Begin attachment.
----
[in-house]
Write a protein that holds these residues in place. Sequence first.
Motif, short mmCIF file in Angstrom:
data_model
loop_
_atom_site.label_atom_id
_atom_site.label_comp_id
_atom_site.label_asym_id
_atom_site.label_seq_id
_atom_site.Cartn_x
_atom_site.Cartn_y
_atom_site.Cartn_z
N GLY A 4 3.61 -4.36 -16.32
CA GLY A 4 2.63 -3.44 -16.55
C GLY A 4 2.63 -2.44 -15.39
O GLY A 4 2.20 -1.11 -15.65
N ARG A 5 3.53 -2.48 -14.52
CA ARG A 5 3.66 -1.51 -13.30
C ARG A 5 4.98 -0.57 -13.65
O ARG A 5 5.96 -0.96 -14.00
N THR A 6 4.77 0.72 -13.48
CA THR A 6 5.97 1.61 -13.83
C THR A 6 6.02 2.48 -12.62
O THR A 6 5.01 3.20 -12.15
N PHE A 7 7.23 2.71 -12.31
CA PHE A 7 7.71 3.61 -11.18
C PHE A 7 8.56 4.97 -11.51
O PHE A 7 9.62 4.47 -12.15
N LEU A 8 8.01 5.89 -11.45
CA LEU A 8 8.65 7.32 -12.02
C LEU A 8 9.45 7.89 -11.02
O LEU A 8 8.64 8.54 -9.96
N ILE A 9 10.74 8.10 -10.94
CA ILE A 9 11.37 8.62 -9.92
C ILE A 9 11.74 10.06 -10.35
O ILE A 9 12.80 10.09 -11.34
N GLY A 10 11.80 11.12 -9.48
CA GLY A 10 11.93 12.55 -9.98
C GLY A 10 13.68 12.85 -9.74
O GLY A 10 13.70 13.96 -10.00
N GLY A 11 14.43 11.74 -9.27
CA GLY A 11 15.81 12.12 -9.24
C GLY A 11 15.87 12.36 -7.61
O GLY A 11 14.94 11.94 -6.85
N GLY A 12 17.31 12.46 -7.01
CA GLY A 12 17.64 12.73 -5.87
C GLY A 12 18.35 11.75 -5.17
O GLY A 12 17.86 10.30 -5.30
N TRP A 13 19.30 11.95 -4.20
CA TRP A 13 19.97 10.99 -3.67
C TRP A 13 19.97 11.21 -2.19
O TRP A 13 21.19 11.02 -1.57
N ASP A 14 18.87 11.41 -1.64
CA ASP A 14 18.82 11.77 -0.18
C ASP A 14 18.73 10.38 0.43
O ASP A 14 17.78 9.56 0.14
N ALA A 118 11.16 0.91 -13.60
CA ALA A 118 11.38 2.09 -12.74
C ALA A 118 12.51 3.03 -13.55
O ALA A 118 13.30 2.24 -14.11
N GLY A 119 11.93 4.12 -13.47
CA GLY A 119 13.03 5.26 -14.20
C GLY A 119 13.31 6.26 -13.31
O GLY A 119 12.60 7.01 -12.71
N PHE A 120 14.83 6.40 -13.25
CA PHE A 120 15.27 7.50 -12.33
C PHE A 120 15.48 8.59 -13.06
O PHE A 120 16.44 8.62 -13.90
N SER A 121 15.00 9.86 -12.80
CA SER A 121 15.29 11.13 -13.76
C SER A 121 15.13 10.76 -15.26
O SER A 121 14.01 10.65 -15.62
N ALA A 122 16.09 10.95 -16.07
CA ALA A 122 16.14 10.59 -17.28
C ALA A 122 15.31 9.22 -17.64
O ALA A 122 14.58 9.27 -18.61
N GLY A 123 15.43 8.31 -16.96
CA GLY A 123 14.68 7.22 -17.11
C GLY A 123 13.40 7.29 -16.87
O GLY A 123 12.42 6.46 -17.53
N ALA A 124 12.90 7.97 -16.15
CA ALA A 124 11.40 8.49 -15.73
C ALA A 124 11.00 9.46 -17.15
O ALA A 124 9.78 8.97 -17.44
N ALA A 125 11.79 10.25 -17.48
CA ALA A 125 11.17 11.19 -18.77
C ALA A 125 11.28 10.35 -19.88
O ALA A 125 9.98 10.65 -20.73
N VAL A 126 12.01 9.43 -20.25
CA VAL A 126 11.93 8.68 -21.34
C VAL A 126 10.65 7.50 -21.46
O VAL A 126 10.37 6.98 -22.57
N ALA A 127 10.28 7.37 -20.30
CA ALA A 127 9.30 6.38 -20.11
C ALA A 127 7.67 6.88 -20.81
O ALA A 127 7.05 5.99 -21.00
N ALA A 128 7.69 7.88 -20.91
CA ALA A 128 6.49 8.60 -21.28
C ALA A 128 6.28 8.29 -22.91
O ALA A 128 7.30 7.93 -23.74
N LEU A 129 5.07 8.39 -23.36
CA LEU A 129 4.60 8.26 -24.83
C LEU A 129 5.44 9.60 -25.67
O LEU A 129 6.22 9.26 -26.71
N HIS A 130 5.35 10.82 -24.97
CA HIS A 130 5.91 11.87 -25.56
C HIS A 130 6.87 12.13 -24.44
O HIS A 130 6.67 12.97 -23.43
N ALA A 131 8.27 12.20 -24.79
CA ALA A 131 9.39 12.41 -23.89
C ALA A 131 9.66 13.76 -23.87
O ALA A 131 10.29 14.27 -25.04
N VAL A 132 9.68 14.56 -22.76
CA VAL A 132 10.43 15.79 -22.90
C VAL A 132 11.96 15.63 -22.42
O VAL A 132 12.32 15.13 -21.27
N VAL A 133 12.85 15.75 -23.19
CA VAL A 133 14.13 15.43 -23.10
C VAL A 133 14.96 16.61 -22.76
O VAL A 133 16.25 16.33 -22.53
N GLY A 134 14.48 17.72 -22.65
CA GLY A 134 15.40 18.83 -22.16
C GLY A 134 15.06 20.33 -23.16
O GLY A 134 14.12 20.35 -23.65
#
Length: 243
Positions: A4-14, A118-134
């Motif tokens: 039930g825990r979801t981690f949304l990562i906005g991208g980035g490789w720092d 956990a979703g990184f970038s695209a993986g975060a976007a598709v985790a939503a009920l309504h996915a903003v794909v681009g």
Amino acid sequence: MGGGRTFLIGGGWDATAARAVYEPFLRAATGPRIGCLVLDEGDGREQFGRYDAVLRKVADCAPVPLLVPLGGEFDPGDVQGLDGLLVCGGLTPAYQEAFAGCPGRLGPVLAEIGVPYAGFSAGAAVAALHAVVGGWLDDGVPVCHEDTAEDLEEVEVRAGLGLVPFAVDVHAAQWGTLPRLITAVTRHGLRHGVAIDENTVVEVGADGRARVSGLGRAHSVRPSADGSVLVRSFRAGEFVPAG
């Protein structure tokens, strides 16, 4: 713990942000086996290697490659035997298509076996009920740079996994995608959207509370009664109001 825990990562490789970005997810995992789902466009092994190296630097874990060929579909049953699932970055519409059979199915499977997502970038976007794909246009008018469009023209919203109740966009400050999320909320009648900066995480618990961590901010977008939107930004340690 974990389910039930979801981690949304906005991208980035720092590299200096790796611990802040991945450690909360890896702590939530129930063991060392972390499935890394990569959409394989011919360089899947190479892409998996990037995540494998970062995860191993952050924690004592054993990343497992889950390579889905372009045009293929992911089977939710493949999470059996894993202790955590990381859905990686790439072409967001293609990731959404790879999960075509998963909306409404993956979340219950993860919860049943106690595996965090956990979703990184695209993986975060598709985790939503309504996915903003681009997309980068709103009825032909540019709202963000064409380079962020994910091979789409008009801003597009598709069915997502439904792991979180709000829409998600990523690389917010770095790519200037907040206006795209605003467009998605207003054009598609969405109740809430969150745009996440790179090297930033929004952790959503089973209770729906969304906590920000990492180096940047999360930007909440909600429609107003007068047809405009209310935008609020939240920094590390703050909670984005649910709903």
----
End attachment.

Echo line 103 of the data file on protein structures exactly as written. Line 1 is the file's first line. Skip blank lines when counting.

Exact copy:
C LEU A 129 5.44 9.60 -25.67